B.C.  It’s an interesting one that, particularly now, as it really depends on the role that you take on with the band and what part of their career you get associated with as I guess what the artists needs and what the artist wants to do is what basically changed my role.  Basically looking at the areas where they need assistance whether it is help with the show or help with the crew and building a team around the band if you don’t have a traditional record company.

D.B.  Pretty much on a day to day basis I’d be dealing with the bands lawyer, dealing with the accountant , their agent.  The international department of the label or the press department or it could be the TV department.  Really depends on where you are in the lifecycle of an album or a release which dictates what your day is going to be like.  With Biffy Clyro they’re a heavy touring band so a lot of time is dealing with aspects of that such as putting a crew together, appointing a tour manager and so I have to think months ahead of what the band might be doing.  I spend a lot of time with the bands accountant working on budgets with the record label.  If you’re going into record an album I’ll deal with liaisng with the record label, with the producer, with the producer’s management.  It’s never dull.

 

Q: What should other aspiring managers look for in a band?  What important contractual issues should a manager look out for, or what red flags should they be wary about when considering getting involved with managing an artist?

B.C.  When you’re looking for a band you’re looking for somebody that’s going to entertain you, that can write good songs, somebody that has an idea of their direction, somebody that has the drive and knows what they want to do and why they want to take on a manager.  What’s the right time to take on a manager?  What role do you want to take on as a manager and what are you able to facilitate?  I particularly go back to the artist having drive  if they want to have a career out of the business.  Pretty much every band I’ve worked with from within record companies, publishing companies, right through to managing bands has had a very strong idea of what they wanted to do and what they wanted to achieve out of music.

D.B.  They’ve got to love the music that a band are making because if you don’t you won’t love the people making the music and it’ll be difficult to sell the band to the world.  It was really hard in the early days to get people to believe in Biffy Clyro.  If I didn’t love their music I couldn’t have done that job.  Obviously you want people who can write good songs, who really want to succeed and are attentive to what you’re saying.  A manager can bring opportunity and a band have to be ready and willing to take these opportunities.  In terms of contractual issues, the term of the contract, your commission, your expenses – make sure you’re not saddled with a lot of the cost.  Also if the term of the contract is up or the relationship breaks down you need to know what you’re entitled to given the amount of work you’ve put in.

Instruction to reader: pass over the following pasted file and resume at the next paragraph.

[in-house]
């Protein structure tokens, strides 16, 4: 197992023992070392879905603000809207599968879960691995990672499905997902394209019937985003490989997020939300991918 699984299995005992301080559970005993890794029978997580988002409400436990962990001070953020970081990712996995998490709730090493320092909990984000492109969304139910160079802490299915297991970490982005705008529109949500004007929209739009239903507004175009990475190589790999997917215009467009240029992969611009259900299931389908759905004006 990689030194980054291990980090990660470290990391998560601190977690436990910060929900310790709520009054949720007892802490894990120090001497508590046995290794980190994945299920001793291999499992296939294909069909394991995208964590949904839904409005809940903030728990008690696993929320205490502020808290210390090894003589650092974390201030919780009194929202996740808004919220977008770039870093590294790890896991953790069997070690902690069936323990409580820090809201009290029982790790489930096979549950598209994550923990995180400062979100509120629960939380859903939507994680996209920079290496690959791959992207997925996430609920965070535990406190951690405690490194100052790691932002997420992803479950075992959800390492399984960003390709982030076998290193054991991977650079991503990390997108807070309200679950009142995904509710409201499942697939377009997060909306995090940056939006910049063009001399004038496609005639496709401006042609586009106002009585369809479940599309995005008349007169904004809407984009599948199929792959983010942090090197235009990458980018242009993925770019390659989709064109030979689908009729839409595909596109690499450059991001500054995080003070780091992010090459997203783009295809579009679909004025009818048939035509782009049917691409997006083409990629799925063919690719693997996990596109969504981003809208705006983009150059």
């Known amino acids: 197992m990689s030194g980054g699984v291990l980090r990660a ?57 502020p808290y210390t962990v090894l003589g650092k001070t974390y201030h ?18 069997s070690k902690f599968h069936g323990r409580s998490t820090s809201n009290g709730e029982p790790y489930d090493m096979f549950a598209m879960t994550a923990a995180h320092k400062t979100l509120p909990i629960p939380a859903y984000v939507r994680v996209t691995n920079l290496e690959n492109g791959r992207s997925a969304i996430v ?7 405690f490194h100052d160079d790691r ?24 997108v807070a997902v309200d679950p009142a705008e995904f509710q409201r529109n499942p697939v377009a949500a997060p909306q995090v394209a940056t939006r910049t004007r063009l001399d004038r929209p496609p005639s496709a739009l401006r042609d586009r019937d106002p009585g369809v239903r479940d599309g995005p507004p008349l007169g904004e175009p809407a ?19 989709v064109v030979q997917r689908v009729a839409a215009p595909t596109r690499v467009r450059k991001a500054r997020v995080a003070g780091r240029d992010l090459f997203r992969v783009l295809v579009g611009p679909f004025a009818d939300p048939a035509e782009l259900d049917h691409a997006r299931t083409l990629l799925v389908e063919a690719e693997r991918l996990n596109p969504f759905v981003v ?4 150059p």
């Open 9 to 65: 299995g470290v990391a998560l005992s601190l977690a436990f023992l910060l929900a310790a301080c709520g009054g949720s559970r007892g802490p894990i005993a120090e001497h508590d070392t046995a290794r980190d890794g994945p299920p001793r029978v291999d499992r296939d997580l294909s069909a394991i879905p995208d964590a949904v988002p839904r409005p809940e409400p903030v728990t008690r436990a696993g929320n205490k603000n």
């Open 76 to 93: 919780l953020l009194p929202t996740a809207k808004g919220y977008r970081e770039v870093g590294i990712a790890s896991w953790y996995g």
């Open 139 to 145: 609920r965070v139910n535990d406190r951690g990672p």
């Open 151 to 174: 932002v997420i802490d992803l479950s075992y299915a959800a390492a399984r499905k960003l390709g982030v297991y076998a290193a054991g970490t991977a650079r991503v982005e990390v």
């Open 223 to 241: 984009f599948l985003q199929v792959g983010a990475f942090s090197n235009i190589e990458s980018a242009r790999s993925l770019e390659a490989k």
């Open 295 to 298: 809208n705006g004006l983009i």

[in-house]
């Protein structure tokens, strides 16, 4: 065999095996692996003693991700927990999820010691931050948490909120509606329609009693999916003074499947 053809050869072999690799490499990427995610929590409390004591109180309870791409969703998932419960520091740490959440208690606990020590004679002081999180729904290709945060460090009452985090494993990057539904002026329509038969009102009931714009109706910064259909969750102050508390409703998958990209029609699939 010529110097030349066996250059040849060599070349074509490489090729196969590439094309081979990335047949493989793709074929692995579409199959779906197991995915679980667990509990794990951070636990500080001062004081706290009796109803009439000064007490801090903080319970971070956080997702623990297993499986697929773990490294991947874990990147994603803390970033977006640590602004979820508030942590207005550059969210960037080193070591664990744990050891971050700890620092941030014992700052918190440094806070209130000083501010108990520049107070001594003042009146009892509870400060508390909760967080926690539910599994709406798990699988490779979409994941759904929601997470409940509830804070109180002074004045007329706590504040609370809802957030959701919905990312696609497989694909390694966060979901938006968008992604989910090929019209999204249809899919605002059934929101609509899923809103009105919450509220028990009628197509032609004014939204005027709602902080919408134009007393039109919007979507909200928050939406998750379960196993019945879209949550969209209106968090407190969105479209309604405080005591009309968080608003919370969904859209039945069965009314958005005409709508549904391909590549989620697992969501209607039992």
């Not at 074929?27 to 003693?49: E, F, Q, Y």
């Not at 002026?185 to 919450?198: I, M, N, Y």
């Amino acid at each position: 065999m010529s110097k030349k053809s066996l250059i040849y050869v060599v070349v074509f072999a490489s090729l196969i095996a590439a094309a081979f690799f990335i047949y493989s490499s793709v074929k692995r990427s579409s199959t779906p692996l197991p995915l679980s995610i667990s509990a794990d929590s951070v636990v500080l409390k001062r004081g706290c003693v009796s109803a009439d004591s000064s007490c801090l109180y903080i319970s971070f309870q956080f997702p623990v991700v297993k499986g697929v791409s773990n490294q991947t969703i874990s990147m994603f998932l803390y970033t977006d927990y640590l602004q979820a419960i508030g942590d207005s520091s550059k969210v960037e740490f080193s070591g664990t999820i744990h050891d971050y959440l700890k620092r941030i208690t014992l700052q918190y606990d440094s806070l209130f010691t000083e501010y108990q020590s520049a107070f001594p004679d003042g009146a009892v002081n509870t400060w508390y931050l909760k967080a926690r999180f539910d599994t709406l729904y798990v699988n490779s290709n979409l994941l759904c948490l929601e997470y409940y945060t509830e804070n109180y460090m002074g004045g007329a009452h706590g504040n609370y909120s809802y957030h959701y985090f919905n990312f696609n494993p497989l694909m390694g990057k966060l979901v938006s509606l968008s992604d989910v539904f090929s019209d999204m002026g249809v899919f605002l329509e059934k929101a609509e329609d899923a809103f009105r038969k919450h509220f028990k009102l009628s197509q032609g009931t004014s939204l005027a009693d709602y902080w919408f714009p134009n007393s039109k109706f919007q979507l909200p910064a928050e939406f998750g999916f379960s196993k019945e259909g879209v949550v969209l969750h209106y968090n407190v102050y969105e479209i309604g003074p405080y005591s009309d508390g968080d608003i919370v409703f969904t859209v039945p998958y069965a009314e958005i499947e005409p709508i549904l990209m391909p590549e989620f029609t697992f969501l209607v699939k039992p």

Q: Since you started being an artist manager do you find that the role is changing?  Are you becoming more central to the whole industry?

B.C.  Definately changed.  The traditional way for a manager of earning any money has changed.  It used to be that you’d find an artist and you’d take them to a record company or publishing company and they’d offer you an advance and then you’d take a commission on the advance from the artist.  There are a only a few of these deals done now as the industry has shrunk and the amount of money available has shrunk.  That has made the role change a lot really.  The role used to be to motivate your artist and motivate the label and that was an important thing and now you have to do what the labels used to do and you have to be an all-encompassing person so instead of going to the label and saying what do you think on the marketing campaign you’re now involved in that sort of thing.

D.B.  Looking after the band, the tours, the releases are the same.  However as technology develops the change has been in online activity, social networks and how music is accessed and consumed.  There has been changes in how much labels have become involved in all aspects of a bands career.  They will only get involved if a band signs a 360 deal.  They are much more cautious now about signing and working with bands.

 

Q: Is now a good time to be a manager?

B.C.  Sort of.  It’s exciting but it’s difficult to make any money and that’s the big issue. Unless you’re bankrolled by a big company or you have a huge act that can let you take on a few other things and develop them at the same time then it’s becoming increasingly more difficult. That’s one of the reasons  I wanted to get involved on the El Jam project as I thought there are good bands out there that don’t have the access to the knowledge and the wherewithal about developing as a band. For example, it’s surprising how many bands playing gigs don’t have a website or don’t have a logo and are giving away music at venues and not thinking about the future and it seems fundamental advise that needs to be given and that can set bands back.  If they get an opportunity and they’re not ready  it can set them back and that is really damaging for bands.

D.B.  It’s always a good time to be a manager.  It’s always going to be a tough job and a thankless job.  There are a lot of opportunities out there it just depends about how you want to make a difference in relation to the band you want to work with.

Interview – Artist management in the 21st Century (part 1)

With the music business changing at an incredible speed, Feast invited Biffy Clyro manager Dee Bahl and Idlewild manager Bruce Craigie to discuss the ever-expanding role of the artist manager in the 21st Century. In the first of our four instalments Dee and Bruce talk about the music industry in 2015 and their introduction to the role of artist manager.

Q: What are your predictions for the music industry in 2015?